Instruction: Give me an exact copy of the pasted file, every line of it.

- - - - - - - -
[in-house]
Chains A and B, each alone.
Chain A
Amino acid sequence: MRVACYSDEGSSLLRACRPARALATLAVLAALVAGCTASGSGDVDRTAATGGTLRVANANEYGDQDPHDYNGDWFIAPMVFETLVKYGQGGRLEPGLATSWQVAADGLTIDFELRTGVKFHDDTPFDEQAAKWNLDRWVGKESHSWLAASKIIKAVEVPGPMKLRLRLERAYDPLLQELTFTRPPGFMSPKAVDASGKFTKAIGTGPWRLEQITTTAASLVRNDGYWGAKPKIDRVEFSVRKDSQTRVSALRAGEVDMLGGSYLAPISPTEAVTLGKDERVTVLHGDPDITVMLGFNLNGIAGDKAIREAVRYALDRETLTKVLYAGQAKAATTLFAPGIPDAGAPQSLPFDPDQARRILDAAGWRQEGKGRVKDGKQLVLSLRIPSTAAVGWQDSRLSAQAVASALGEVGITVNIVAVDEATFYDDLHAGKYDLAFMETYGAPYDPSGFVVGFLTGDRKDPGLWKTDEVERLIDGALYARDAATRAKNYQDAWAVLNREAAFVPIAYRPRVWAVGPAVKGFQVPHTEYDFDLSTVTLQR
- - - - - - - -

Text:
[in-house]
Chains A and B, each alone.
Chain A
Amino acid sequence: MRVACYSDEGSSLLRACRPARALATLAVLAALVAGCTASGSGDVDRTAATGGTLRVANANEYGDQDPHDYNGDWFIAPMVFETLVKYGQGGRLEPGLATSWQVAADGLTIDFELRTGVKFHDDTPFDEQAAKWNLDRWVGKESHSWLAASKIIKAVEVPGPMKLRLRLERAYDPLLQELTFTRPPGFMSPKAVDASGKFTKAIGTGPWRLEQITTTAASLVRNDGYWGAKPKIDRVEFSVRKDSQTRVSALRAGEVDMLGGSYLAPISPTEAVTLGKDERVTVLHGDPDITVMLGFNLNGIAGDKAIREAVRYALDRETLTKVLYAGQAKAATTLFAPGIPDAGAPQSLPFDPDQARRILDAAGWRQEGKGRVKDGKQLVLSLRIPSTAAVGWQDSRLSAQAVASALGEVGITVNIVAVDEATFYDDLHAGKYDLAFMETYGAPYDPSGFVVGFLTGDRKDPGLWKTDEVERLIDGALYARDAATRAKNYQDAWAVLNREAAFVPIAYRPRVWAVGPAVKGFQVPHTEYDFDLSTVTLQR